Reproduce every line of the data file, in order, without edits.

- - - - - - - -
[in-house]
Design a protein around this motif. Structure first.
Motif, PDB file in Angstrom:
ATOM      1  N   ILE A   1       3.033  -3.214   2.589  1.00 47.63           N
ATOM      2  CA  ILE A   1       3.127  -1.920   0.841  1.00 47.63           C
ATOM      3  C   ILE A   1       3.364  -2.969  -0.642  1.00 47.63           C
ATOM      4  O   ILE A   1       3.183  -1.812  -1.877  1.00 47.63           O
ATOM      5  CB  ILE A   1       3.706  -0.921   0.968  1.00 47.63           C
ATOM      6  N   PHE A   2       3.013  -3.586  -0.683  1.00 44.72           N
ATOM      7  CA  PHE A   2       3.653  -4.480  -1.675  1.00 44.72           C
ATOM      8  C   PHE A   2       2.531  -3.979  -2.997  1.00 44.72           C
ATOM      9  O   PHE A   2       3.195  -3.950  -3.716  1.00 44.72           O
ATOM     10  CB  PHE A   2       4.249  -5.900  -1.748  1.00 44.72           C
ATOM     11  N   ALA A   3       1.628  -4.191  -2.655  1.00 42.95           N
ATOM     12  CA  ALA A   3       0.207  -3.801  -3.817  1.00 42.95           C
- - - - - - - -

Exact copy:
[in-house]
Design a protein around this motif. Structure first.
Motif, PDB file in Angstrom:
ATOM      1  N   ILE A   1       3.033  -3.214   2.589  1.00 47.63           N
ATOM      2  CA  ILE A   1       3.127  -1.920   0.841  1.00 47.63           C
ATOM      3  C   ILE A   1       3.364  -2.969  -0.642  1.00 47.63           C
ATOM      4  O   ILE A   1       3.183  -1.812  -1.877  1.00 47.63           O
ATOM      5  CB  ILE A   1       3.706  -0.921   0.968  1.00 47.63           C
ATOM      6  N   PHE A   2       3.013  -3.586  -0.683  1.00 44.72           N
ATOM      7  CA  PHE A   2       3.653  -4.480  -1.675  1.00 44.72           C
ATOM      8  C   PHE A   2       2.531  -3.979  -2.997  1.00 44.72           C
ATOM      9  O   PHE A   2       3.195  -3.950  -3.716  1.00 44.72           O
ATOM     10  CB  PHE A   2       4.249  -5.900  -1.748  1.00 44.72           C
ATOM     11  N   ALA A   3       1.628  -4.191  -2.655  1.00 42.95           N
ATOM     12  CA  ALA A   3       0.207  -3.801  -3.817  1.00 42.95           C